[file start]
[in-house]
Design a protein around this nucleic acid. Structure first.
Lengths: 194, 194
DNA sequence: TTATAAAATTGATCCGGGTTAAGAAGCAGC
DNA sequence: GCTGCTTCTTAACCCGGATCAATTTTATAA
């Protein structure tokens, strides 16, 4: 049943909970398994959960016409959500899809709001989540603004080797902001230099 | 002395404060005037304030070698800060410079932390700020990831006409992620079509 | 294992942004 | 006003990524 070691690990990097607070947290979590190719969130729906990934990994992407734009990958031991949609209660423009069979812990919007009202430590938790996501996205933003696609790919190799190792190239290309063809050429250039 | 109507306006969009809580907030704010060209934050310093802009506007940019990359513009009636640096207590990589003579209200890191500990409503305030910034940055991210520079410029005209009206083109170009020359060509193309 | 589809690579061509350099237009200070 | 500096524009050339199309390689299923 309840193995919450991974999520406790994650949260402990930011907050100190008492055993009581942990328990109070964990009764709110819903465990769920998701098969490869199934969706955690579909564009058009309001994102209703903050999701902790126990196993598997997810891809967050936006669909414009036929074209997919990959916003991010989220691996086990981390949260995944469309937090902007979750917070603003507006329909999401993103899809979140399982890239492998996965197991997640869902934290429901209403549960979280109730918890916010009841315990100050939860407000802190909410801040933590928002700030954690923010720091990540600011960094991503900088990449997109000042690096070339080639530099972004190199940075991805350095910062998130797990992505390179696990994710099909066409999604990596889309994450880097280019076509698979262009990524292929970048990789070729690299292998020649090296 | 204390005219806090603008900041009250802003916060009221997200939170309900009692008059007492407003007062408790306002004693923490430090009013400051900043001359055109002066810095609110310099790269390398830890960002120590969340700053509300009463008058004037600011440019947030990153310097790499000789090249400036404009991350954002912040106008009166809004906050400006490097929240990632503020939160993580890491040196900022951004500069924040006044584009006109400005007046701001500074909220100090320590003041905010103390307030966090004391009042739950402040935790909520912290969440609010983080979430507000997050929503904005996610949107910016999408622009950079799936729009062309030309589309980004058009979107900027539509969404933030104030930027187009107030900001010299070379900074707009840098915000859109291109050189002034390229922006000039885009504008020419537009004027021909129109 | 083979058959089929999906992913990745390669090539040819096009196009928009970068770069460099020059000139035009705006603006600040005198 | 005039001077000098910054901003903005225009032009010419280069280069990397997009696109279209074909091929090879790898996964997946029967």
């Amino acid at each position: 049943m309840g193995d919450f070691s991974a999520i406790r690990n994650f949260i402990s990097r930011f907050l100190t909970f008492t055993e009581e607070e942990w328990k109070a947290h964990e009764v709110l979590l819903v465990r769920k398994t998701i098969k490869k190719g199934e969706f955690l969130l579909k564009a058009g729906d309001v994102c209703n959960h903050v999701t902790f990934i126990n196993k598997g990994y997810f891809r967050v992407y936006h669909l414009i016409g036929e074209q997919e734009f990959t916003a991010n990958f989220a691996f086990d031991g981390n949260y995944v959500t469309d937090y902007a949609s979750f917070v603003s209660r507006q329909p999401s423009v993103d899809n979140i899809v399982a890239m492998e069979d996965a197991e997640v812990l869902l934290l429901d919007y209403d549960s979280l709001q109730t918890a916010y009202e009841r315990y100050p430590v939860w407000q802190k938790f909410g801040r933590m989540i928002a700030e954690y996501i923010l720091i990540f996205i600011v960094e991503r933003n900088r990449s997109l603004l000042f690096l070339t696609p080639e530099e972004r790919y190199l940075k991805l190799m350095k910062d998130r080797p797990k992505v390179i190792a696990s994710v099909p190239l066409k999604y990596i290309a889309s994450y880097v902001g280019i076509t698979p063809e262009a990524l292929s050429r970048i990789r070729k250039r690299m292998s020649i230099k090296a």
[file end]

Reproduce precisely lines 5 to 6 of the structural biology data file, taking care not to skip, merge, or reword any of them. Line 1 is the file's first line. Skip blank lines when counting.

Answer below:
DNA sequence: GCTGCTTCTTAACCCGGATCAATTTTATAA
């Protein structure tokens, strides 16, 4: 049943909970398994959960016409959500899809709001989540603004080797902001230099 | 002395404060005037304030070698800060410079932390700020990831006409992620079509 | 294992942004 | 006003990524 070691690990990097607070947290979590190719969130729906990934990994992407734009990958031991949609209660423009069979812990919007009202430590938790996501996205933003696609790919190799190792190239290309063809050429250039 | 109507306006969009809580907030704010060209934050310093802009506007940019990359513009009636640096207590990589003579209200890191500990409503305030910034940055991210520079410029005209009206083109170009020359060509193309 | 589809690579061509350099237009200070 | 500096524009050339199309390689299923 309840193995919450991974999520406790994650949260402990930011907050100190008492055993009581942990328990109070964990009764709110819903465990769920998701098969490869199934969706955690579909564009058009309001994102209703903050999701902790126990196993598997997810891809967050936006669909414009036929074209997919990959916003991010989220691996086990981390949260995944469309937090902007979750917070603003507006329909999401993103899809979140399982890239492998996965197991997640869902934290429901209403549960979280109730918890916010009841315990100050939860407000802190909410801040933590928002700030954690923010720091990540600011960094991503900088990449997109000042690096070339080639530099972004190199940075991805350095910062998130797990992505390179696990994710099909066409999604990596889309994450880097280019076509698979262009990524292929970048990789070729690299292998020649090296 | 204390005219806090603008900041009250802003916060009221997200939170309900009692008059007492407003007062408790306002004693923490430090009013400051900043001359055109002066810095609110310099790269390398830890960002120590969340700053509300009463008058004037600011440019947030990153310097790499000789090249400036404009991350954002912040106008009166809004906050400006490097929240990632503020939160993580890491040196900022951004500069924040006044584009006109400005007046701001500074909220100090320590003041905010103390307030966090004391009042739950402040935790909520912290969440609010983080979430507000997050929503904005996610949107910016999408622009950079799936729009062309030309589309980004058009979107900027539509969404933030104030930027187009107030900001010299070379900074707009840098915000859109291109050189002034390229922006000039885009504008020419537009004027021909129109 | 083979058959089929999906992913990745390669090539040819096009196009928009970068770069460099020059000139035009705006603006600040005198 | 005039001077000098910054901003903005225009032009010419280069280069990397997009696109279209074909091929090879790898996964997946029967």